Exhibition room 5. Marisol Escobar

French sculptor of Venezuelan descent. Escobar’s images of contemporary culture, at once deadpan and satirical in tone, were produced in the context of Pop art; the personal, enigmatic, often primitive elements of her work, however, set it apart from the mainstream of the movement.[...]

Source: The Museum of Modern Art www.moma.org/collection/artist.php?artist_id=3774

Marisol Escobar’s Picasso is one of a series of sculptures this Venezuelan artist made in the late 1970s to honor artists she particularly admired, including Duchamp, Georgia O’Keeffe, and Martha Graham. Each shows its subject in advanced age, and seated, because Marisol Escobar felt she needed to give the artists a place to rest in that stage of their lives.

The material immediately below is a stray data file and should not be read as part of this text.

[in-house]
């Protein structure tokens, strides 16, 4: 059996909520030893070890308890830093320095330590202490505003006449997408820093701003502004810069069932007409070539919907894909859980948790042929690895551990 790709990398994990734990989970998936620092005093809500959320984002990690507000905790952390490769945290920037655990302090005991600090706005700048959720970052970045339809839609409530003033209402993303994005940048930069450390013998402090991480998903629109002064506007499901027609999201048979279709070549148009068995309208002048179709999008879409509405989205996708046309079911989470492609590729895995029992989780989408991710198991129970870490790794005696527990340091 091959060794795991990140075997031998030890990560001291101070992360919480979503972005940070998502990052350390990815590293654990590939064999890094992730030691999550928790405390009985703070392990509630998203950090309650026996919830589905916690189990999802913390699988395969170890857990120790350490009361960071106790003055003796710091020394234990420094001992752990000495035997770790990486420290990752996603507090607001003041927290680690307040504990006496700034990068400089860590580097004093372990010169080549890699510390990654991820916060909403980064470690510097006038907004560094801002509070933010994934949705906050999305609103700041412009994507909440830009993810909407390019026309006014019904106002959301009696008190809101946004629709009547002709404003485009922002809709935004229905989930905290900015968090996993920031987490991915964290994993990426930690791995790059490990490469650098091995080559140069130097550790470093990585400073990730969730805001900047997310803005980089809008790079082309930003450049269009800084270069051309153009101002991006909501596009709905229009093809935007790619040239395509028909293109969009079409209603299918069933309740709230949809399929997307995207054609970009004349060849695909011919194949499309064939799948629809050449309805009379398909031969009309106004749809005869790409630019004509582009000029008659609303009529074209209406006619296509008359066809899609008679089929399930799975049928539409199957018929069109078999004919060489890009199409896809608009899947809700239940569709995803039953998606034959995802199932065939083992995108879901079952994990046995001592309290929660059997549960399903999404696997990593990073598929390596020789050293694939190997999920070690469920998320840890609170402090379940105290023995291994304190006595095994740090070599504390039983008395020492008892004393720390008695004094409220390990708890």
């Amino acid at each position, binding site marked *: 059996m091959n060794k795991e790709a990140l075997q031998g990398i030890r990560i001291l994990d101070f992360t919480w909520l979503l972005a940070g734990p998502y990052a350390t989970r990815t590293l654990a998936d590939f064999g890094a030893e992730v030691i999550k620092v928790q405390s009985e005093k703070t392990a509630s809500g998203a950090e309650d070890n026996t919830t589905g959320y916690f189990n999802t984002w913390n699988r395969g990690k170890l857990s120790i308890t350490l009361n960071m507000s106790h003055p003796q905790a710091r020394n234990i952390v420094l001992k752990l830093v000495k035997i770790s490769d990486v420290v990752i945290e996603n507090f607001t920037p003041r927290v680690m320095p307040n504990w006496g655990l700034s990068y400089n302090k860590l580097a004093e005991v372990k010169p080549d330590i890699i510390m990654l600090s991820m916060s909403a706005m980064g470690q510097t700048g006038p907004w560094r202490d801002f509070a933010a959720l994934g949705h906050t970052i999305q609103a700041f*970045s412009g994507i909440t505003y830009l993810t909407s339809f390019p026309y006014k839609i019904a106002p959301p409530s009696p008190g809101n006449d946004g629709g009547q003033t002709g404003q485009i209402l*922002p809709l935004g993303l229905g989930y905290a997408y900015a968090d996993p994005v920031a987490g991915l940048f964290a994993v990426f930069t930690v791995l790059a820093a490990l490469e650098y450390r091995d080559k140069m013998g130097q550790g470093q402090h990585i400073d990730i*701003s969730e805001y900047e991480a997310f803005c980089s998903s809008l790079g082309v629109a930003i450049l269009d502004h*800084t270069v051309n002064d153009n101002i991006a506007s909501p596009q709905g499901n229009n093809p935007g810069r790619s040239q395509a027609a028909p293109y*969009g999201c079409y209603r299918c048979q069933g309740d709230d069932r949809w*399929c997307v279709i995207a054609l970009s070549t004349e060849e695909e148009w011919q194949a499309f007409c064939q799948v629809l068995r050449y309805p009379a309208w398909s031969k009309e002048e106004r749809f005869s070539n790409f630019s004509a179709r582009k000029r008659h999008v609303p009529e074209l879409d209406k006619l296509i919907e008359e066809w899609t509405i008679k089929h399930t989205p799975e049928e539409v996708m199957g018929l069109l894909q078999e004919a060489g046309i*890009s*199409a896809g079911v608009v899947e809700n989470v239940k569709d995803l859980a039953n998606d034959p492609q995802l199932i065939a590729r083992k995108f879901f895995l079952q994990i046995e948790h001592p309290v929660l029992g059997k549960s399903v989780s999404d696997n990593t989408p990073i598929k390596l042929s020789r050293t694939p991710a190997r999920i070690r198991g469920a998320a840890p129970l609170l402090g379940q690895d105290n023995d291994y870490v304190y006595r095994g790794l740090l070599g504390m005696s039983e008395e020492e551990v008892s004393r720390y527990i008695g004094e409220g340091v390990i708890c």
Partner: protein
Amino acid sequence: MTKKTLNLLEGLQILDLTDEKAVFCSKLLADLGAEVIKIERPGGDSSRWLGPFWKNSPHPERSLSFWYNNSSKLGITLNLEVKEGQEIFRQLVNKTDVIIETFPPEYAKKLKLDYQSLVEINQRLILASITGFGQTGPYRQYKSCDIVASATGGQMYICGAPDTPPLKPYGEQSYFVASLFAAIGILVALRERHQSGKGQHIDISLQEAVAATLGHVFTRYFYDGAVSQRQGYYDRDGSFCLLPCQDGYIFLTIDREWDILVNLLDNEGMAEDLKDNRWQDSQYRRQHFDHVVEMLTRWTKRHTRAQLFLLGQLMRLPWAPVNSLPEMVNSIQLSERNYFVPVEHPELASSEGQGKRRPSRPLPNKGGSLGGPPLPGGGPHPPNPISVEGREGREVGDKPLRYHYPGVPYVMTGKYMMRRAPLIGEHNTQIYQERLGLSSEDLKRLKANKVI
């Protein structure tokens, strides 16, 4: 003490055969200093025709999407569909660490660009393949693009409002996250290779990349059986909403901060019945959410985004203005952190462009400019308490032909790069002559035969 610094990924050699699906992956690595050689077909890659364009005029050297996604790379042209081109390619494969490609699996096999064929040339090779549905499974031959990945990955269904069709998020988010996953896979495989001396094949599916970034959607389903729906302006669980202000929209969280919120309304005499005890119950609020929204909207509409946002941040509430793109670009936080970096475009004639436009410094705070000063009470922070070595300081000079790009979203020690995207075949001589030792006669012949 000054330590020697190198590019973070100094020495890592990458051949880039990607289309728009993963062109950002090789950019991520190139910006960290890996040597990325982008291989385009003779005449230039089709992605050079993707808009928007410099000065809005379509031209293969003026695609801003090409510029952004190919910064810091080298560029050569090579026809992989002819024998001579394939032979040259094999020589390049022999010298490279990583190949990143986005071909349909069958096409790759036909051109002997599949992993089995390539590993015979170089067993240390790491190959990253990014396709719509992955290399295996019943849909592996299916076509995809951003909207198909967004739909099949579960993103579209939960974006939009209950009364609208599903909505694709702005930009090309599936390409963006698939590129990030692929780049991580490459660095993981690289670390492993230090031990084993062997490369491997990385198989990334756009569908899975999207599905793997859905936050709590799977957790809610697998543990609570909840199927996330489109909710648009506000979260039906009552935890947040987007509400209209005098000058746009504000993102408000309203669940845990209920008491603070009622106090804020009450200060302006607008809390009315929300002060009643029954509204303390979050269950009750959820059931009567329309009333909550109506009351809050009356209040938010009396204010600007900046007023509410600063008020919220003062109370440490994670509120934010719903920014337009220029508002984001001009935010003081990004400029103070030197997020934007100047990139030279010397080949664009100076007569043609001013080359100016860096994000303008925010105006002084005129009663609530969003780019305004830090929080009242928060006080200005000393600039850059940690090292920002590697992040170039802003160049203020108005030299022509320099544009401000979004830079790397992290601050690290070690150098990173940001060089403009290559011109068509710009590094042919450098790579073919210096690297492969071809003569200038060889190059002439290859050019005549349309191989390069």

Her depiction of Picasso emphasizes his age through his deep-set, fearful eyes and the scarlike grooves crisscrossing his face. This evidence of decline, however, is offset by his sturdy legs and the solid timber supporting his massive head. Only a roughly carved heart, pierced by a nail, protrudes from this block. The hands are more ambiguous: disconnected from the torso, they rest flatly on his knees or on the chair’s armrests, as if they were no longer functional. Yet the pair is doubled, seemingly capable of superhuman feats. This haunting portrait captures Picasso at the end of his life, but rather than ridiculing him it evokes respect for his perseverance.

Source: exhibition catalogue for “Post-Picasso: Contemporary Reactions,” Michael FitzGerald